ALBUQUERQUE. N.M. -- Oregon distance specialist Edward Cheserek is barely a year removed from his high school track and field exploits.
Impressive though they were, high school is high school.But, he hardly shied during the 2014 NCAA Division I Men’s Indoor Track and Field Championships, winning two events and providing a boost to his teammates.
The 5-foot-6 freshman was a huge factor during the two-day meet that concluded Saturday at the Albuquerque Convention Center.
His victory in Friday’s 5,000-meter final, combined with teammate Parker Stinson’s third-place finish, helped propel the Ducks to the top of the men’s standings at the end of Day 1. His victory in Saturday’s 3,000 final added to the point total.
“Outstanding performance by Edward Cheserek to get two national championships there,” Oregon head coach Robert Johnson said. “He’s a hell of an athlete. He’s a great kid, very humble, just all-around awesome. You can’t say enough about it.”
Cheserek could. He demurred over the fact he was the only men’s competitor to win two 2014 individual indoor titles.
“It’s okay,” he said following his 3,000 triumph, deflecting praise. “But I’m not the only one. Some guy did it several years ago.”
Someone probably did. But Cheserek and his Duck teammates have etched the most memories.
Sixth-ranked Oregon began Saturday’s schedule with 24 points, followed by Arizona 16, Stanford (14) and Florida (13), respectively. They never trailed, nailing a 62-54 victory against runner-up and defending champion Arkansas, the No. 2-ranked team entering the indoor championships. Top-ranked Florida finished third with 35 points.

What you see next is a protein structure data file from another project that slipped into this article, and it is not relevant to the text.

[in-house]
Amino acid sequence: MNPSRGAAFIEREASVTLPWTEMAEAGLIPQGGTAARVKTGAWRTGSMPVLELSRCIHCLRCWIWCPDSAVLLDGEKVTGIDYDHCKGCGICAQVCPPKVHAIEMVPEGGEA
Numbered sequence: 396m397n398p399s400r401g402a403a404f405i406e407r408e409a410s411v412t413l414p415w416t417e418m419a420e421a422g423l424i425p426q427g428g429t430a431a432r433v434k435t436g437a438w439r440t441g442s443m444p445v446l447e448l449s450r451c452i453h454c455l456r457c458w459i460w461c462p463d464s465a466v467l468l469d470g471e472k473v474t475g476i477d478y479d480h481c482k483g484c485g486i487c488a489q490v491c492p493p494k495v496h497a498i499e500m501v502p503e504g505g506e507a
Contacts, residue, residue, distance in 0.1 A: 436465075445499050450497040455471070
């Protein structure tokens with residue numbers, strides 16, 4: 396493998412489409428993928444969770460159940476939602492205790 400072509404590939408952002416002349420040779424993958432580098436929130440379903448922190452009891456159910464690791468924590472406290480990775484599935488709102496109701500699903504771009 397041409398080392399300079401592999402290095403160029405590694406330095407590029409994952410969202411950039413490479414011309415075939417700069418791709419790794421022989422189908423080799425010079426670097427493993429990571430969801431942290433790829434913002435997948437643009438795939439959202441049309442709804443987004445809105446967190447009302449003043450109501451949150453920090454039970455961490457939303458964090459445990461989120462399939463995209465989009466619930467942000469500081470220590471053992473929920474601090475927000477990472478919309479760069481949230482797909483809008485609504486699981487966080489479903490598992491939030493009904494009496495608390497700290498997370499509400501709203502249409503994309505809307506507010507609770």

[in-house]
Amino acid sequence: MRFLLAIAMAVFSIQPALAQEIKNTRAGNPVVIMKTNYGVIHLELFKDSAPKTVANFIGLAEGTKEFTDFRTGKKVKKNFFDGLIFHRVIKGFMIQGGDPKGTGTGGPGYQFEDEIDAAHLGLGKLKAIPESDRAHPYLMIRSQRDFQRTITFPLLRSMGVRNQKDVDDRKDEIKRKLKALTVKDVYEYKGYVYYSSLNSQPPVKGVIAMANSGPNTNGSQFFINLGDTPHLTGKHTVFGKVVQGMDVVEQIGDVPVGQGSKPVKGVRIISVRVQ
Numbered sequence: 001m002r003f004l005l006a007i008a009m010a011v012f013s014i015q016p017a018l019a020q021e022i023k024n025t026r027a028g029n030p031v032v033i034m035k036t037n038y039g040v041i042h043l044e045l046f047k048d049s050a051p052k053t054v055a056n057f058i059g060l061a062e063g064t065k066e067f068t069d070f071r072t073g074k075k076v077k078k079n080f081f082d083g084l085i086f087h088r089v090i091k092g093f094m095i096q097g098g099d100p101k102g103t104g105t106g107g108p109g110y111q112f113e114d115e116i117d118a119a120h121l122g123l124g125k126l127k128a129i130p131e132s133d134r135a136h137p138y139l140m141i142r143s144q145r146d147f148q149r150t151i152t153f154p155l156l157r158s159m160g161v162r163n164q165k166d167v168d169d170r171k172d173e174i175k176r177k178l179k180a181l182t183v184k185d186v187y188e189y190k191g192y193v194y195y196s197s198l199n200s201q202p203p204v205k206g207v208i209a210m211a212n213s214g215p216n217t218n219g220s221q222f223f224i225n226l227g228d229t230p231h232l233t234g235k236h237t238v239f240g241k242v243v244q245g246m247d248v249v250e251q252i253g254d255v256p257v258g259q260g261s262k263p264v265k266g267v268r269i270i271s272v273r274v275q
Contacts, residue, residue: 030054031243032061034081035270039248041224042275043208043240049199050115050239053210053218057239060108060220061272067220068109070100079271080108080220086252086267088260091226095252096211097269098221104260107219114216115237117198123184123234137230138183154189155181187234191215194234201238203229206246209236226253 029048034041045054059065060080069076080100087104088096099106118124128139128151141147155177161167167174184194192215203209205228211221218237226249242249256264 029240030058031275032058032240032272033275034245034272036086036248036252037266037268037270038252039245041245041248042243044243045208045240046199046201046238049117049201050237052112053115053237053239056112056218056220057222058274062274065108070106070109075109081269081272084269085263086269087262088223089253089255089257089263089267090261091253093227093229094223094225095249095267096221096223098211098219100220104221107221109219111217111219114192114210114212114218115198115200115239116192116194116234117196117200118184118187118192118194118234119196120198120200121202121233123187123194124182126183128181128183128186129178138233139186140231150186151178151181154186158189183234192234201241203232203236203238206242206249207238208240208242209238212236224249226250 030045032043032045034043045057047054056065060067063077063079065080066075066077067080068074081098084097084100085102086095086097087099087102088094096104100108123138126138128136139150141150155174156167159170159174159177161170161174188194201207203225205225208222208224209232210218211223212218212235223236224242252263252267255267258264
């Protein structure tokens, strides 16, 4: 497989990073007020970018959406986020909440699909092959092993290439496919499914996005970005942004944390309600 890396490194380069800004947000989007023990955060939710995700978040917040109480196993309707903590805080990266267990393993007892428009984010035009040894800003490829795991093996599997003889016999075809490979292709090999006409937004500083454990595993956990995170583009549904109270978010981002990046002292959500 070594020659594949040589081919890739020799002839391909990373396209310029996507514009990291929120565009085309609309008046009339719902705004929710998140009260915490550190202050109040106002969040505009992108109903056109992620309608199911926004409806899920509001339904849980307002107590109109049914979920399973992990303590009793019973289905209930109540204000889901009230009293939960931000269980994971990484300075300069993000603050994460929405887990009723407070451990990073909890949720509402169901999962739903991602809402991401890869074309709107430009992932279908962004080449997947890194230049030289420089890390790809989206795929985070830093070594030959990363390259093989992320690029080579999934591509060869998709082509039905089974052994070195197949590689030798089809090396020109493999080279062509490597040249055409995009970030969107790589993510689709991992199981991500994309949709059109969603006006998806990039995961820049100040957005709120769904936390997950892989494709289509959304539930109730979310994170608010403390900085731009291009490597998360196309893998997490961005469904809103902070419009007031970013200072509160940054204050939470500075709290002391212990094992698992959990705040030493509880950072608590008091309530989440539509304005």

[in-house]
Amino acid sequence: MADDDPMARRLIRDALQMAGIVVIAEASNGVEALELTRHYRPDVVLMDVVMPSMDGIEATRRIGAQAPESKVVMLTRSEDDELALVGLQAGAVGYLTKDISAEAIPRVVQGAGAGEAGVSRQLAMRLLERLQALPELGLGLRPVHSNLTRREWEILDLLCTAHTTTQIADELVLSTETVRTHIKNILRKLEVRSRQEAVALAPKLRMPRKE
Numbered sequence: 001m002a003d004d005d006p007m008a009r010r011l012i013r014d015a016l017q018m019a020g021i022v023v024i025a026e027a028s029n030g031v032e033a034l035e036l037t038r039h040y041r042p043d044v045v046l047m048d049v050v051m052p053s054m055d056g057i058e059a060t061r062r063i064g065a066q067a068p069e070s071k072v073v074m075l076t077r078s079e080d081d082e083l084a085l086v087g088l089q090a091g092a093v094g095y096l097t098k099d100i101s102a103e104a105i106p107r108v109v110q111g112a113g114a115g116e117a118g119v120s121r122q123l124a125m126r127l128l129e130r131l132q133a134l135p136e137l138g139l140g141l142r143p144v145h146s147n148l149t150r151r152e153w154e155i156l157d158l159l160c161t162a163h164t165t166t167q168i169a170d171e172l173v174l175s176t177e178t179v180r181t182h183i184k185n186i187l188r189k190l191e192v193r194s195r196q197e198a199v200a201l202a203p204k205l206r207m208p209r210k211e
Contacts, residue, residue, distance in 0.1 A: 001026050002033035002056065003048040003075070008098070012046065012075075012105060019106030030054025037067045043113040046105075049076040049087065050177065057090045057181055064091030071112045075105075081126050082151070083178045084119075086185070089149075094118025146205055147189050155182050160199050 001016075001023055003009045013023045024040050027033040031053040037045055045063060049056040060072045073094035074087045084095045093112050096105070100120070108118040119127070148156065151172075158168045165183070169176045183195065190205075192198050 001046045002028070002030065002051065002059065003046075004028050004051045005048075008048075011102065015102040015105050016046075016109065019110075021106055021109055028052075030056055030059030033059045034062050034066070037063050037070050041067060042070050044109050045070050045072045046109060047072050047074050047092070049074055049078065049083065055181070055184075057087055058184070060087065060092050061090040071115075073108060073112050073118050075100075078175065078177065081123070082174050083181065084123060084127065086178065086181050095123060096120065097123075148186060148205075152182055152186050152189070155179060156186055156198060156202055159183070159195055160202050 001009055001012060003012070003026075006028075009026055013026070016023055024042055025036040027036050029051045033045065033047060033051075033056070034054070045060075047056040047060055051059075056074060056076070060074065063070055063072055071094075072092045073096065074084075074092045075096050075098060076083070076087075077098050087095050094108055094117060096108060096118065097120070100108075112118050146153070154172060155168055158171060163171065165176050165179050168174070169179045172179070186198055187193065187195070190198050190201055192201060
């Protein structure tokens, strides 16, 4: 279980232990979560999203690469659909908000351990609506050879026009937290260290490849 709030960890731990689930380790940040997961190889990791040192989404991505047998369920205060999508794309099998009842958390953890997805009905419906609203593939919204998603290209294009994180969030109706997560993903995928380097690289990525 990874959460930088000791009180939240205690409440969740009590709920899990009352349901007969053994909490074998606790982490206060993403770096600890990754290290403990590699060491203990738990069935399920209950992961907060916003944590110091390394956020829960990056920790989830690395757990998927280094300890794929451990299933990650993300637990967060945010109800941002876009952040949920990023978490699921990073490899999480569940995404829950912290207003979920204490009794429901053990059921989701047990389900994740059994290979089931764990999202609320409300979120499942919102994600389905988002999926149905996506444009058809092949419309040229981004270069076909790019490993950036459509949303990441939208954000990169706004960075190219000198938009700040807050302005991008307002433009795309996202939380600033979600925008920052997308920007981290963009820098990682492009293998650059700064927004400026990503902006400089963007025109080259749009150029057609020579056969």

“Overall great team performance by the men,” Johnson said.
Cheserek’s performance proved the launching pad. Friday’s 5,000 victory saw him beat the event’s top two runners -- top-ranked Reed Connor of Wisconsin and second-ranked Patrick Tiernan of Villanova. Cheserek, ranked third in the 5,000, also beat highly-regarded Arizona senior Lawi Lalang, who was top-ranked in the mile and the 3,000, and ranked fourth behind Cheserek in the 5,000.
“Absolutely,” Johnson said of the impact of Cheserek’s victory and Stinson’s third-place finish. “There in the 5,000, that was the first one to go and we got a ton of points out of that. Sixteen points out of the 5K was awesome. So, great start on Friday by the men.”
Lalang withdrew from Saturday’s 3,000 event, where Cheserek scored his second victory without drama.
A native of Kenya, he arrived at Oregon via St. Benedict Prep in Newark, N.J. And, went right to work, winning the NCAA Division I cross country title last fall.
"It’s really good for me,” he said of this week’s indoor championship experience. “I just came here as a freshman. I had to train for years and then come here for school. I was training long this year.”
“They may just be naive enough to not to know how special they are on the big stage,” Johnson said. “And you’ve seen that today. Not one point in time did he ever bat an eye. When he was told to go, he went and he was gone. All of his victories were very decisive and it was clear-cut. No messing around. No worries or apprehension about them at all.”